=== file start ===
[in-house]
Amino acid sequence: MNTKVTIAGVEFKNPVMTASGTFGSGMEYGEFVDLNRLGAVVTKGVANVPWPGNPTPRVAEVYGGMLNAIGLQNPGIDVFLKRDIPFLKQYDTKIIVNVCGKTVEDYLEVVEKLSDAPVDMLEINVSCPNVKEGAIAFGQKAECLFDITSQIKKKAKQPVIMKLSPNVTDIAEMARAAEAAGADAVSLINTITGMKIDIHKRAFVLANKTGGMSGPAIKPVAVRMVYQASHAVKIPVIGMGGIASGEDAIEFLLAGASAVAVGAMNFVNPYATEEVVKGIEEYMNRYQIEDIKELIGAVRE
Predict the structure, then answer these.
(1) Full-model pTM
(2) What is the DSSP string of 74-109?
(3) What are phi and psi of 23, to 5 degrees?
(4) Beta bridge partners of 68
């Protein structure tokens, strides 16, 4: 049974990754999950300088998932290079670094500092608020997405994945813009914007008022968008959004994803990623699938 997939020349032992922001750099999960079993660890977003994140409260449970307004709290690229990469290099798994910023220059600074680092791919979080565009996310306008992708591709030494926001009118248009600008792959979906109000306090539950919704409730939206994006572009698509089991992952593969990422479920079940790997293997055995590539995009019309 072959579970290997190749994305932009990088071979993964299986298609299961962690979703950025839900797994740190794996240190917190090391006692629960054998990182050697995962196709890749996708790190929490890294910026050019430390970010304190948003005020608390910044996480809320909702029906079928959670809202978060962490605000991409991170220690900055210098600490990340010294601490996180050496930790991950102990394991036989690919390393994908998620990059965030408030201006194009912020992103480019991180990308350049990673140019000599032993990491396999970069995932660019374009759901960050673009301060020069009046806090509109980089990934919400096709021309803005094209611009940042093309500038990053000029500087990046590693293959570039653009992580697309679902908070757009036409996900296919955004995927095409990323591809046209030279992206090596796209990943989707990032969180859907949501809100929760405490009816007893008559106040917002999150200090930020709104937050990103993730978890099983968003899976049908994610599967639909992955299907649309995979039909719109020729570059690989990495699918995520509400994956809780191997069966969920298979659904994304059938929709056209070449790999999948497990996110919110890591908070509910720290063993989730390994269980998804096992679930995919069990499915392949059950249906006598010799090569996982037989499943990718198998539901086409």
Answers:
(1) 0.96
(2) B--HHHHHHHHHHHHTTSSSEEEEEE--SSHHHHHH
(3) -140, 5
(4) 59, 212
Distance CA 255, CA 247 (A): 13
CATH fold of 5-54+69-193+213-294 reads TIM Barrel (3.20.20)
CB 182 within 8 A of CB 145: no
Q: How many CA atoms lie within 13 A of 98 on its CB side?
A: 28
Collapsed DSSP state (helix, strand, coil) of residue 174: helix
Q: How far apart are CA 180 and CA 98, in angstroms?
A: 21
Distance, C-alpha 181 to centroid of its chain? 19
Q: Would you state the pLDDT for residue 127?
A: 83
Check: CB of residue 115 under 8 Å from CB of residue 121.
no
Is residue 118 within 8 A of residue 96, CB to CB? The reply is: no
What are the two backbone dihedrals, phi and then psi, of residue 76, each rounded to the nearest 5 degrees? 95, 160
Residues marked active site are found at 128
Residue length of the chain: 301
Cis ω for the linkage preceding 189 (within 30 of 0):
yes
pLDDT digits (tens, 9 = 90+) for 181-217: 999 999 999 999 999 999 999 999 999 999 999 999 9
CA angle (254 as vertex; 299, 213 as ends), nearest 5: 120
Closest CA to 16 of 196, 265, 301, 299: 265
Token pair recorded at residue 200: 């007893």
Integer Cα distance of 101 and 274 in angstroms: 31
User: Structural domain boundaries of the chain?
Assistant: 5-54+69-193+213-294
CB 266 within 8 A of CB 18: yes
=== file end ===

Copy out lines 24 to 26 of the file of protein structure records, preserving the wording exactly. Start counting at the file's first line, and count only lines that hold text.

A: 83
Check: CB of residue 115 under 8 Å from CB of residue 121.
no